Worm Breeder's Gazette 8(3): 38
These abstracts should not be cited in bibliographies. Material contained herein should be treated as personal communication and should be cited as such only with the consent of the author.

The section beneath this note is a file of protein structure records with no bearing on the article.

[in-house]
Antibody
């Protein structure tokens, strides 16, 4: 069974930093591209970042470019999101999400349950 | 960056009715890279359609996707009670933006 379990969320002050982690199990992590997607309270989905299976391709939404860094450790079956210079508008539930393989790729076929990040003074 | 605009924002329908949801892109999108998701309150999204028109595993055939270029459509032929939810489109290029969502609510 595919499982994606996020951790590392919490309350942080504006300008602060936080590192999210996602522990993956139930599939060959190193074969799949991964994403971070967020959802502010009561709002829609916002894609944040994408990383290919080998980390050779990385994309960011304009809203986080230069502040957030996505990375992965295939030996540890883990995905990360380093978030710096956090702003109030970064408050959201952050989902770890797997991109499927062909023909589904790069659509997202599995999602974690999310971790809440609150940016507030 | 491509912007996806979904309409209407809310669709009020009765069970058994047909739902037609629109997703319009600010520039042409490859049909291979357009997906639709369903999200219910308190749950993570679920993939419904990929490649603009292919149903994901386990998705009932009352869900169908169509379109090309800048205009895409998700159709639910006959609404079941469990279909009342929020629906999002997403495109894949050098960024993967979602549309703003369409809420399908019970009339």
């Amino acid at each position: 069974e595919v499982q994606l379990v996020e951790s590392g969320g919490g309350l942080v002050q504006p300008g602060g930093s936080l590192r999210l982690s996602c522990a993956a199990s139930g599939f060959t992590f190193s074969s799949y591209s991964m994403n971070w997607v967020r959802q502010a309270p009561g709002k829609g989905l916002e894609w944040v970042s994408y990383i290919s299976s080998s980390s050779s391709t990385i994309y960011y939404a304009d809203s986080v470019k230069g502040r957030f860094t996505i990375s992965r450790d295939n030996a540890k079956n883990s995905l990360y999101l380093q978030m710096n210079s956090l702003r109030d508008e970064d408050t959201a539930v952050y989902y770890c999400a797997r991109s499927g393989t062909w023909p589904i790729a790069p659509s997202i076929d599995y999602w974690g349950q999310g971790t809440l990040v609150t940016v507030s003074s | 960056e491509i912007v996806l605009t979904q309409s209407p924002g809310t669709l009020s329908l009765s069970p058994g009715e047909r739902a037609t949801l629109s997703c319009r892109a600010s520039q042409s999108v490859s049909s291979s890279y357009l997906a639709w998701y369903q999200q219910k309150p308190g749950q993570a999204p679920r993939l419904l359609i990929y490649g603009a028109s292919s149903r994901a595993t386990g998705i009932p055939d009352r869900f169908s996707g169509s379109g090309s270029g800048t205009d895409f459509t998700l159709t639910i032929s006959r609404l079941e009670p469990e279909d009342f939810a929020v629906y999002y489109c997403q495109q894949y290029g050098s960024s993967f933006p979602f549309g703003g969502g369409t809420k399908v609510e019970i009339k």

One of our approaches to studying dosage compensation in the nematode has been to establish a biochemical assay for the expression of X-linked genes. This has involved isolating genes from the X chromosome that are transcriptionally active and using the DNA as probes to measure mRNA levels in XO males and XX hermaphrodites. The expectation was that the level of mRNA from X-linked genes would be equal in the two sexes (when normalized to mRNA from autosomal genes) if a dosage compensation mechanism were operational. In general, such an assay is a powerful tool to demonstrate the involvement of various genes in either dosage compensation or the mechanism of assessing the ratio of X chromosomes to autosomes, the presumed basis for setting dosage compensation. In particular, this assay has the potential to determine directly whether mutations in the genes, dpy-21, dpy-23, dpy-27, sult in phenotypes dependent on the X dosage, affect the level of X-linked gene expression. Cloning of Transcriptionally Active X-Specific Genes. At the time this work was begun no methods were available for cloning nematode genes identified solely by genetic criteria. Thus we devised such a strategy in order to clone genes on X. Our approach involved differentially probing a nematode cDNA library with total genomic DNA from males (haploid for X) and hermaphrodites homozygous for a duplication of the right end of the X chromosome (mnDp27) (tetraploid for this region). cDNA clones exhibiting a four-fold difference in intensity between the hybridizations were isolated and analyzed more completely to prove their linkage to the X chromosome. Two cDNA libraries, each containing five million independent cDNA clones, were constructed using the vectors lambda gt10 and lambda gt11. We chose to construct cDNA, rather than genomic, libraries to avoid the problem that in probing a genomic library, probe sequences containing repetitive but highly dispersed DNA as well as unique DNA would preferentially hybridize to clones containing copies of the repeated sequences. This would interfere with the sensitive quantitation required by our method. cDNA libraries contain much less repetitive DNA, and using them also guarantees that selected clones represent transcriptionally active genes. These libraries were screened as indicated above and the clones with the desired properties were isolated. These clones were proven to represent cDNA from the region of the genetic duplication of X as follows: The clones were used to probe a Southern blot of genomic DNA from males (1X), hermaphrodites (2X), hermaphrodites heterozygous for a deficiency of the region, mnDf42, ( 1X), and hermaphrodites homozygous for the duplication of the region, mnDp27, (4X). A single band of restricted DNA was observed in each lane, with intensities in the expected ratio 1:2:1:4. (As a control to ensure that equal amounts of the different DNAs were in the lanes, the filters were probed simultaneously with a cDNA clone of actin gene) . Among the clones that passed this test, one (which was homologous to five separate isolates) was selected and shown genetically to map to the X chromosome. First, a clone-specific restriction fragment length polymorphism was identified between Bristol and Bergerac. Then Bristol-Bergerac hybrids homozygous for one or the other X chromosome were constructed. In each set of hybrids probed, only one of the two restriction fragment patterns was observed and the pattern corresponded completely with the strain from which the X chromosome was derived. (With this X-specific clone in hand, it was most efficient to obtain further clones by 'walking' to adjacent regions.) In addition, we felt it was important to confirm any conclusions reached about dosage compensation by using clones from different regions of the X chromosome. Thus, when X-specific clones were isolated by other laboratories, we incorporated their use into our assay. In particular, we have used transcriptionally active DNA from genomic 'walks' in the region surrounding the amber suppressor tRNA gene, sup-7, (R. Waterston) and from the region around a locus on the left end of X encoding yolk proteins (T. Blumenthal). As autosomal controls, we have used a gene-specific probe for actin- 1 on chromosome V( Kraus and Hirsh) and a transcriptionally active sequence found in a 'walk' in the region of the amber suppressor tRNA gene, sup-5 on III (R. Waterston). Results of Biochemical Analysis. The various X-specific and autosomal DNA sequences were used to probe Northern blots of RNA from adult wild-type hermaphrodites (XX animals), adult wild-type males (XO animals) and adult dpy-21 hermaphrodites (X animals). Mutations in dpy-21 appear to produce wild-type XO animals but morphologically dumpy XX animals. By genetic criteria XX dpy-21 animals behave as if they express their X chromosomes to the level expected of animals with three X chromosomes. Specifically, in a dpy-21 background triplo-X animals are dead. (J. Hodgkin  Molec. Gen. Genet. 192 452- 458)}. Our results were: 1. The phenomenon of dosage compensation exists at the level of transcription in the nematode. Specifically, mRNA levels transcribed from X-specific sequences were found to be identical in XX and XO animals (normalized to mRNA levels associated with autosomal genes). 2. dpy-21 disrupts proper dosage compensation. Specifically, the level of X-transcription in dpy-21 hermaphrodites was found to be three-fold higher than in wild-type hermaphrodites, again controlling for autosomal mRNA levels. These studies are now being extended by the inclusion of more X- specific and autosomal probes and are being used to investigate mRNA levels in males and in hermaphrodites containing mutations in dpy-21, dpy-23, dpy-27, als containing double and triple combinations of these mutations. With this information we hope to sort out the patterns of interactions among these genes which are excellent candidates for being involved in dosage compensation.